the older i get the more i realize the true beauty and value of a sunny day a day without second thoughts, worry, or fear i used to have a treasure trove of sunny days so many that i rolled them up and put them in bottles and foolishly i threw them into the ocean assuming that they would always be in my grasp but alas my precious sunny days went away and the weather hasn’t been the same i could search every single corner of the world every inch of land every drop of sea and i would find nothing nothing that brings back the embrace of my dear old sun to the arms of my youth my ship has sailed with no going back i can only look back at what i’ve left behind how does one swallow a situation like this? a voice in my head shouts Jump off the boat, idiot! You can still salvage this! i know myself very well i may be a decent swimmer, but i would fail a thousand times clinging onto the past so i move on “inspired by an afternoon conversation” grace mcmurray


“The Mandalorian” Maddie Mulligan (drawing done with graphite pencil)


“The Fighter” Ali Tariq "Float like a butterfly, sting like a bee. The hand can't hit what the eye can't see.”


The push and pull, the endless cycle of the ocean hitting the sand as if it had something against it. Deep beneath the surface life goes through the motions struggling to survive, but they will never quit. Anger takes its form through the storm which makes the waves grow, electrifying the water on a dark and dangerous night. The calm that follows after is a feeling of hope, something that saves the chaos that once seemed impossible, and now it is bright. The creatures beneath the sea are familiar with the temporary dark, they know they will see the light shine once more. The never ending movement, the constant voyage it chooses to embark, the ups and downs of the world, all coming back to the start: the shore.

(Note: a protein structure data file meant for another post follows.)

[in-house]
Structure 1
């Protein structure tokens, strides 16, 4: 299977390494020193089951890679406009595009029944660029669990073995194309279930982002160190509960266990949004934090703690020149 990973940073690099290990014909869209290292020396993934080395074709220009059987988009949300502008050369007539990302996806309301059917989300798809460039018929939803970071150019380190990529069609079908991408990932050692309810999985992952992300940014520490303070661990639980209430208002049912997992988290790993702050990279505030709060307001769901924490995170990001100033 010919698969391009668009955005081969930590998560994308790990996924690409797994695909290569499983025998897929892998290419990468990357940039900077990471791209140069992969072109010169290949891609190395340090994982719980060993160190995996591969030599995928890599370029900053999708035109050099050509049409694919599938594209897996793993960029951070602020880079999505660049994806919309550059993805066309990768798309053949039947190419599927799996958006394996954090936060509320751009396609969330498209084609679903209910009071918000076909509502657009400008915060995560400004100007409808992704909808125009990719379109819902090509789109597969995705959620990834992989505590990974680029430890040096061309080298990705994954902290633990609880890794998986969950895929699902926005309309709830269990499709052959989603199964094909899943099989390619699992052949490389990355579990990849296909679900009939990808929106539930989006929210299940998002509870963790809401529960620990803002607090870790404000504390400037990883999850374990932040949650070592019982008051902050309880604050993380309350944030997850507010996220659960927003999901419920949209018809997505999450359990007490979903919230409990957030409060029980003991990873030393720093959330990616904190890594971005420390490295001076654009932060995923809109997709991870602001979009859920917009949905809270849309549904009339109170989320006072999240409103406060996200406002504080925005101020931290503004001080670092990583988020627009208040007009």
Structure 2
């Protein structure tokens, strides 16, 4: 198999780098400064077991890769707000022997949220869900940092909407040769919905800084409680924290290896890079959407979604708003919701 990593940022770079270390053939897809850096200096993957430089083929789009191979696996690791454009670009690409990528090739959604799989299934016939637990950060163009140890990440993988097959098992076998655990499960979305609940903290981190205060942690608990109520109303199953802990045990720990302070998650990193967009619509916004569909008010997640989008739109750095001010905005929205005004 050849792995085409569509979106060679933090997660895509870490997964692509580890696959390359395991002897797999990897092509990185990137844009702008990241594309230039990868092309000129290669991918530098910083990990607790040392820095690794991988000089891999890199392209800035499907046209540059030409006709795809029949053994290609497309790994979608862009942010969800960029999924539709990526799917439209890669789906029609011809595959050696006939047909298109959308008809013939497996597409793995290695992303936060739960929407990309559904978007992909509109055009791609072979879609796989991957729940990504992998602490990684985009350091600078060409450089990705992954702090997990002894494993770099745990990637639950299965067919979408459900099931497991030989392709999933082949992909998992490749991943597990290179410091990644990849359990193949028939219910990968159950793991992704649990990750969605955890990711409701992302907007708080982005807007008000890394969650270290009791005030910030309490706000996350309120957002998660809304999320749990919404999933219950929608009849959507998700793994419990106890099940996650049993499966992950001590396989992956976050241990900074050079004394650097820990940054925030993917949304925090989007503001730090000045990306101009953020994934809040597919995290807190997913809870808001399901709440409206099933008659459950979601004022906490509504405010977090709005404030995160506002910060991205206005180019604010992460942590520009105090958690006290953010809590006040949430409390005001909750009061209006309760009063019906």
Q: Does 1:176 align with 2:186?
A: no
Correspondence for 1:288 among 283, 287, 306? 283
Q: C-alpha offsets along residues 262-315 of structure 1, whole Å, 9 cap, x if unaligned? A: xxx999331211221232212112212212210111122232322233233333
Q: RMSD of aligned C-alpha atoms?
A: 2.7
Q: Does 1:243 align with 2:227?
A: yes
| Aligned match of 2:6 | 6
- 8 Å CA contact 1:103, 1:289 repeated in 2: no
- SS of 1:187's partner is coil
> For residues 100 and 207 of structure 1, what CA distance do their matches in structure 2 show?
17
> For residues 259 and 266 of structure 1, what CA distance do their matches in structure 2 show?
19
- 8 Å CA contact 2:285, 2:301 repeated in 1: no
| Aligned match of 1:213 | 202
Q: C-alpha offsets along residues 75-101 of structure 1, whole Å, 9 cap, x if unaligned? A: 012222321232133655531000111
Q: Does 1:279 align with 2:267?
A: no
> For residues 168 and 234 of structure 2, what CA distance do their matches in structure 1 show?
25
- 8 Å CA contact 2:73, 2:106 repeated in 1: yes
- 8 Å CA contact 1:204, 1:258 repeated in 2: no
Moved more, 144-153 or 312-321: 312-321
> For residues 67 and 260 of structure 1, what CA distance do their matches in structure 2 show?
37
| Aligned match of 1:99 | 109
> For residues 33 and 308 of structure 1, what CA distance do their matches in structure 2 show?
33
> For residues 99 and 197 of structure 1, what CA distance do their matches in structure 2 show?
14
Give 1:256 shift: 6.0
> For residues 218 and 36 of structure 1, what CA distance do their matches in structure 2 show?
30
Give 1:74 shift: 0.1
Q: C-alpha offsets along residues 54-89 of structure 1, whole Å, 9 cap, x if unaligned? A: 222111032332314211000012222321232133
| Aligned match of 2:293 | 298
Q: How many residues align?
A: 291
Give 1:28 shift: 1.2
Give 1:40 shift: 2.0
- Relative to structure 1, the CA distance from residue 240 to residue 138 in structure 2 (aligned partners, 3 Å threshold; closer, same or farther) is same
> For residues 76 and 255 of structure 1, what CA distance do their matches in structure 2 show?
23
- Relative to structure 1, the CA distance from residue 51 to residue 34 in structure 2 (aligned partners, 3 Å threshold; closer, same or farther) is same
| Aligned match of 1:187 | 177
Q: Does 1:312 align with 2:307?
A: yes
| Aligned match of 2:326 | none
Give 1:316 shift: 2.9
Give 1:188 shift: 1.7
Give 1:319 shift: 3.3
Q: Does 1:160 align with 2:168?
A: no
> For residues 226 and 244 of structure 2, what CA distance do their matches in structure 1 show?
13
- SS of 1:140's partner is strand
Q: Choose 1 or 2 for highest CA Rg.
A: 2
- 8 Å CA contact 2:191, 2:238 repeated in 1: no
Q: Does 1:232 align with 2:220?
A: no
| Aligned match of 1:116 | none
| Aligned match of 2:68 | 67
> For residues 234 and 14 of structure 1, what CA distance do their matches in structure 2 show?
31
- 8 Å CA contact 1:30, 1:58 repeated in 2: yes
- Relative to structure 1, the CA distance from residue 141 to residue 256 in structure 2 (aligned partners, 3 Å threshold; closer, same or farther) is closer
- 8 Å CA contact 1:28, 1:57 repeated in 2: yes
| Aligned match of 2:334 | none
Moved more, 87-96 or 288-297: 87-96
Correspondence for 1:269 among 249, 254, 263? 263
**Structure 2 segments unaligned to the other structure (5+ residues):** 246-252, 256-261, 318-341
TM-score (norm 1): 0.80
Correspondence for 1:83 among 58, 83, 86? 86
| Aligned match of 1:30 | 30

The Shore Ava Harrington


Emme O’Keefe American, 2002-Present Don’t Look Down Magazines, Elmer’s Glue, Adobe Photoshop 2020 O’Keefe invokes the fragility of childhood innocence through her use of found images that convey the creative and adventurous aspects of childhood. While on the opposite side, she conveys the dangers of materialism and society that can deteriorate childhood innocence as time goes on. The main subject displays a child playing on the swings who will be inevitably drawn in by the pressures of society. Characters whispering convey the toxicity of gossiping and how it adds to pressures to conform. Other influences include, money, labels, and beauty. The use of rigged teared photos represents how childhood is often torn away from us too young. Childhood ends as the desire for pleasure and external validation increase and enjoyment, imagination, and curiosity decreases.


“It’s Not Safe Outside”